It is quite rare that a league commissioner or anyone else would be able to prove that collusion exists. On a personal note, I actually did obtain proof of a team attempting to collude in one of my fantasy baseball leagues back in 2002. A league member was trying to solicit "partners" in the league by agreeing to make questionable trades in exchange for monetary gain. Unfortunately for him, he made these solicitations on AOL instant messenger, and the other league members were honest and noble people.
They rejected the overtures and sent me copies of the IM conversations so I had proof of what was going on. Once this was discovered, I ruled that the colluding team was prohibited from making any more trades during the season. If he won prize money, he would still be entitled to it. But he was immediately removed from the league after the season was over. Did I handle it the right way? Perhaps, but that is open for debate. I did what I felt was best for the league at the time.
Because obtaining actual proof of collusion is unlikely, you need to dig deeper to find out what, if anything, may be happening between the suspected league members. A closer look at the personal relationship between the league members is a good start. However, the fact that two people engaging in a questionable trade are either friends or family members is not demonstrative in and of itself that there is collusion.
It is helpful to know how each of the league members know each other and what their relationships are with the commissioner, who in all likelihood was the common denominator in bringing them into the league in the first place. You should also look at the trade history of the suspected members, if any exist. In addition, you should consider each team's place in the standings and their patterns of roster management and transactions.
But remember, before casting aspersions and accusations against anyone, you should have a solid basis for your suspicion. When the Supreme Court of Fantasy Judgment analyzes cases involving suspected collusion, the Court views the evidence in the light most favorable to the accused. This is because an act of collusion is one of the most serious fantasy sports crimes that can be committed.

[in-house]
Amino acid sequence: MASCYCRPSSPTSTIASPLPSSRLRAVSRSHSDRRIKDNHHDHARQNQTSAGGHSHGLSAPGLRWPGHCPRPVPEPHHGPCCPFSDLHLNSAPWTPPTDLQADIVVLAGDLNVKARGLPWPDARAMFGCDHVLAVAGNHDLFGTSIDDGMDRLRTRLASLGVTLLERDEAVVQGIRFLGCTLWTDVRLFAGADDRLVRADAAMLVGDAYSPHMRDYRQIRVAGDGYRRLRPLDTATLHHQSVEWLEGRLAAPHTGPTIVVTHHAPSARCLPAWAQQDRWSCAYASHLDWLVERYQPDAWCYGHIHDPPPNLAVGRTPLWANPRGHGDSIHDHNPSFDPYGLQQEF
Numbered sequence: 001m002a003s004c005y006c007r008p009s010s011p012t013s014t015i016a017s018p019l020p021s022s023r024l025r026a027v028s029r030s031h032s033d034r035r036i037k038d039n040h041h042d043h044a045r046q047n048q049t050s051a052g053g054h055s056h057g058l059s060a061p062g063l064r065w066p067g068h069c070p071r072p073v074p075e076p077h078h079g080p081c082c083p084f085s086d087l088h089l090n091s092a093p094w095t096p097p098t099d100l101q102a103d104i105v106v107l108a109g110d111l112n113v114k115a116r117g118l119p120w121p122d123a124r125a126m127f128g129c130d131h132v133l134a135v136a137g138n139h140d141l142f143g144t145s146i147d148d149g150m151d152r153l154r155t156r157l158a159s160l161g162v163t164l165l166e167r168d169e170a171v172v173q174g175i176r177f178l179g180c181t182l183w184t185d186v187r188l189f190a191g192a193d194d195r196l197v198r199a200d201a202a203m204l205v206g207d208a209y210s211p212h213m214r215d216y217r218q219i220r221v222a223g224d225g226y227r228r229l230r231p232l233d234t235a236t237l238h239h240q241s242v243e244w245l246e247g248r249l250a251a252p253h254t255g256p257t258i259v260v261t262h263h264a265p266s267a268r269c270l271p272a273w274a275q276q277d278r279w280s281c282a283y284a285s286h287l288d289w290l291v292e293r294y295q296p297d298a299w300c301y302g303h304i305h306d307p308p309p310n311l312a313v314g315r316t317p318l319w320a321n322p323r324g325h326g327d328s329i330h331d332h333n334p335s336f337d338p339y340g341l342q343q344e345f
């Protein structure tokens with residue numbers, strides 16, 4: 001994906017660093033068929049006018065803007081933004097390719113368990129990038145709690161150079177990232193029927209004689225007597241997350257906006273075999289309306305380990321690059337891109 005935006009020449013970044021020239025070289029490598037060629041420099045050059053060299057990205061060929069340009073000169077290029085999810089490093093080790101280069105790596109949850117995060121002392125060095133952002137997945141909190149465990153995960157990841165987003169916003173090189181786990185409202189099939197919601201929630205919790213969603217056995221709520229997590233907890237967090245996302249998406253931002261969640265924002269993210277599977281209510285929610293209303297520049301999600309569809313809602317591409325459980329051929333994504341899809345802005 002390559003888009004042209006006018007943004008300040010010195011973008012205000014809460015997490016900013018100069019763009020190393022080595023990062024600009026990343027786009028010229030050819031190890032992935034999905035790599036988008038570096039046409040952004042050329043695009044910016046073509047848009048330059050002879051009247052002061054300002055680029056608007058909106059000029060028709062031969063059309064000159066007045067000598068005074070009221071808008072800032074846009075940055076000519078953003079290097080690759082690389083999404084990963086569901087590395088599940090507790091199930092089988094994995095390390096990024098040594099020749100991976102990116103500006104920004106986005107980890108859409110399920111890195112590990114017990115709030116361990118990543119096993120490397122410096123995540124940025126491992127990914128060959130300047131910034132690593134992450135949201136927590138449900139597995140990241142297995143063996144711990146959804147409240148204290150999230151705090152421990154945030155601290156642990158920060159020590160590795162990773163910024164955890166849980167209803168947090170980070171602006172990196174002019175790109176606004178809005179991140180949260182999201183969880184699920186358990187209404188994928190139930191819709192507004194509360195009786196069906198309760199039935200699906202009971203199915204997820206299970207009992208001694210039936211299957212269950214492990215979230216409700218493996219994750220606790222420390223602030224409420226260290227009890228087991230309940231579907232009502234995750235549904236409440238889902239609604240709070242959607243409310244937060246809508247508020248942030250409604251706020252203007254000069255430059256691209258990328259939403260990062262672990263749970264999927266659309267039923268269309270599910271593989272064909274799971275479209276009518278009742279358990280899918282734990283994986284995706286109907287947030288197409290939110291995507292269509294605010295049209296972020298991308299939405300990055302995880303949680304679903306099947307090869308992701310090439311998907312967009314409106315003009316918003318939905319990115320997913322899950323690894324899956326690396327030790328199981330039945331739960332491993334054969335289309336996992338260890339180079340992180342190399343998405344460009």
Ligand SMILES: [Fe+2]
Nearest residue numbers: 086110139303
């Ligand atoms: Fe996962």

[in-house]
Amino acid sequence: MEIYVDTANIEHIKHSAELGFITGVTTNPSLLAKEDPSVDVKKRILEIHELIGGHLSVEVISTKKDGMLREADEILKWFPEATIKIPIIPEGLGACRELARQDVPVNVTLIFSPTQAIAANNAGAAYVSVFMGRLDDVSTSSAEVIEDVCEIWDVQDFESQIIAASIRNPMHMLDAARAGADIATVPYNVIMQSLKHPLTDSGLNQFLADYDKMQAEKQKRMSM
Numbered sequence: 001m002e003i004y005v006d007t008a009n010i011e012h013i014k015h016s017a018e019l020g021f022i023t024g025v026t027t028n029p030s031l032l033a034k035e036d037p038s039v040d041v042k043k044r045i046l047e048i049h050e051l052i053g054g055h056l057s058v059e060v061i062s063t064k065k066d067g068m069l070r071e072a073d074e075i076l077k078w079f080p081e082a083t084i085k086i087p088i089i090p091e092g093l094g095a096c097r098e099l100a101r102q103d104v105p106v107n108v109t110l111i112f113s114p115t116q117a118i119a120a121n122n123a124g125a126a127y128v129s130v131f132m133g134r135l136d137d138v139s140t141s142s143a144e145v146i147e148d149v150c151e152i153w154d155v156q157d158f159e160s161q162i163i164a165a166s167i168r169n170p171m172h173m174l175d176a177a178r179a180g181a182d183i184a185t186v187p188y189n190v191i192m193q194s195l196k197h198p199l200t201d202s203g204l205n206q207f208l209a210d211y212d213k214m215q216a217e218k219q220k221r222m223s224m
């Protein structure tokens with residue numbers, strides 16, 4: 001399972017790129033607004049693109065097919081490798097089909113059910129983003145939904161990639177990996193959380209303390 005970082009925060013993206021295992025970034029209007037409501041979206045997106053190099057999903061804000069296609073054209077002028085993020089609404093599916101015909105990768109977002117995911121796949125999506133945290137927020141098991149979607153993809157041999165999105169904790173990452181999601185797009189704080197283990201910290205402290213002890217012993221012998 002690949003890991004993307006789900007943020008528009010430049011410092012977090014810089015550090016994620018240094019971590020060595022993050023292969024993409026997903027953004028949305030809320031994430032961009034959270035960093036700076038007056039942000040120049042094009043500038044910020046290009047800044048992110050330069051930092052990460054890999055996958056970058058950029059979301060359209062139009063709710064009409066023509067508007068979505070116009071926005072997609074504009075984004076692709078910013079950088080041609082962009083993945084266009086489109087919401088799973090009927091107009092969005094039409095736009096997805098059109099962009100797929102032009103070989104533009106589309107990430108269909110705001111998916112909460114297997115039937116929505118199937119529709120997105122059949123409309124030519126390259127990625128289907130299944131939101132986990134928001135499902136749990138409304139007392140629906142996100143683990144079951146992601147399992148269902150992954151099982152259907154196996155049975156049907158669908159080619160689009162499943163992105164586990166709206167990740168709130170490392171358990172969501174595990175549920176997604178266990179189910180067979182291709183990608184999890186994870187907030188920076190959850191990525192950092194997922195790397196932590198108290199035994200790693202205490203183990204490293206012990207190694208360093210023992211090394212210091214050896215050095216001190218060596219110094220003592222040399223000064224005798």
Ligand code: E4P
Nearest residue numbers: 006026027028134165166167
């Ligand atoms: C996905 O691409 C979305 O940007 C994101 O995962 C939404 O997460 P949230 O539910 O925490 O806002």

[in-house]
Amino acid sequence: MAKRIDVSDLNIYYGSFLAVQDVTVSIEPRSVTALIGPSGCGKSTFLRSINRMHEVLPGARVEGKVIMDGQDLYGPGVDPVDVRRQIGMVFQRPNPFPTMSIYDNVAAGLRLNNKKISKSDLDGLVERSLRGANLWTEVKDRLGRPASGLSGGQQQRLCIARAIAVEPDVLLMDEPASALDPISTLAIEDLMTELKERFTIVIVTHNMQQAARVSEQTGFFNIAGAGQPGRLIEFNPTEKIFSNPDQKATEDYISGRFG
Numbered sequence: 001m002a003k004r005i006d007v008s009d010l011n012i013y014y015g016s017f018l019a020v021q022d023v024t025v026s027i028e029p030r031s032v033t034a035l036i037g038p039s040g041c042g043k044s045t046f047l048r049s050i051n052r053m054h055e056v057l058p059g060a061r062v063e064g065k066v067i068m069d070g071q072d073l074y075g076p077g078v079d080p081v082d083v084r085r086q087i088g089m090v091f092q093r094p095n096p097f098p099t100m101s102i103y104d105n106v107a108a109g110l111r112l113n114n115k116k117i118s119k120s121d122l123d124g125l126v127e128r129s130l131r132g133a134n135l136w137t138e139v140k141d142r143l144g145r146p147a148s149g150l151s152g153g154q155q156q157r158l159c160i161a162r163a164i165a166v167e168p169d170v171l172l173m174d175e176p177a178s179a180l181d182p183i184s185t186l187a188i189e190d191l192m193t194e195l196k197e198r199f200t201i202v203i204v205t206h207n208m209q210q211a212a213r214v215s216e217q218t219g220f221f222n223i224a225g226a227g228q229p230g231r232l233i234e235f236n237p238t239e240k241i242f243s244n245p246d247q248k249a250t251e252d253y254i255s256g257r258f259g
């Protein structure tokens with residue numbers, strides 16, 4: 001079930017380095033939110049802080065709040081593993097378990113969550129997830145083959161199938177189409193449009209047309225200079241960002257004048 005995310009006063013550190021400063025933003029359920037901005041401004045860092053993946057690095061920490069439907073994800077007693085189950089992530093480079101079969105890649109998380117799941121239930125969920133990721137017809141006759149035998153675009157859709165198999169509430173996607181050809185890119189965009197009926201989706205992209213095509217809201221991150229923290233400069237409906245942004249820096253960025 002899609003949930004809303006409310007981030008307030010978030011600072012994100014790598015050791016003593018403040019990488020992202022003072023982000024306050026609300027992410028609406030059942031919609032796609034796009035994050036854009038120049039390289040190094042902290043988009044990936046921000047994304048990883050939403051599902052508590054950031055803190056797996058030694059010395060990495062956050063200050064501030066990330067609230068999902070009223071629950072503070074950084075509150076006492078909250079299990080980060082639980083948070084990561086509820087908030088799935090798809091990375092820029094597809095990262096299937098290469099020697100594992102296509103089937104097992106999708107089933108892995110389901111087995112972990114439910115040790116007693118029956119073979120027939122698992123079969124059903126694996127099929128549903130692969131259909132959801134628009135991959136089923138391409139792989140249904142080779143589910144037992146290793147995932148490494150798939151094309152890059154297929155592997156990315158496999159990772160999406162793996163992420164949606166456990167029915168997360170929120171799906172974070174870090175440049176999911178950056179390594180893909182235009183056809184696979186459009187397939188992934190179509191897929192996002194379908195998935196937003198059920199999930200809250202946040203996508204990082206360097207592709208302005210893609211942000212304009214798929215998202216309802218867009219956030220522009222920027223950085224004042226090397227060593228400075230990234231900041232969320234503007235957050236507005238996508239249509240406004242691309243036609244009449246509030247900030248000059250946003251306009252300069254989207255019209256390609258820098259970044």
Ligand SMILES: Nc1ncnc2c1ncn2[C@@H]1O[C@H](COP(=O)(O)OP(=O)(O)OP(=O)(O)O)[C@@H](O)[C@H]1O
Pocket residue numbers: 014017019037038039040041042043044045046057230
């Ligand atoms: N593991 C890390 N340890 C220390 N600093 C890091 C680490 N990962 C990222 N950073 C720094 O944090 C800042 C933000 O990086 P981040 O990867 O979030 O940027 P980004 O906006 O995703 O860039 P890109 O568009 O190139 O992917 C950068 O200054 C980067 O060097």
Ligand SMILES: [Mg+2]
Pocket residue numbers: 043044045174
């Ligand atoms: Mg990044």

Without actual proof, we must look at the totality of the circumstances in order to determine whether it is more likely than not that there is collusive conduct. Collusion can exist in many forms, some of which are not overtly offensive to the league. But the mere act of conspiring to evade the rules in order to receive a benefit of any kind should never be tolerated. If you suspect teams in your league are colluding, bring it to the league commissioner's attention and seek intervention.
The fact is that it is virtually impossible to prevent collusion. You can't necessarily stop or prevent two people from attempting to collude. The best thing you can do is be aware of what is going on in your league and consult with the commissioner if you are suspicious. It would be equally as offensive if you unjustly accuse innocent people of collusion, so you want to be sure you have your facts and evidence in order before taking the next step.
If the commissioner agrees that there is evidence of collusion, then he should take action by undoing whatever trades or transactions were made, preventing further moves between the teams from being made, and making an instant decision on the future status of these teams in the league.
The Court wants to hear your comments on whether you concur or dissent with the verdict by sending an email to michael.stein @ fantasyjudgment.com, or find us on Facebook and Twitter @FantasyJudgment.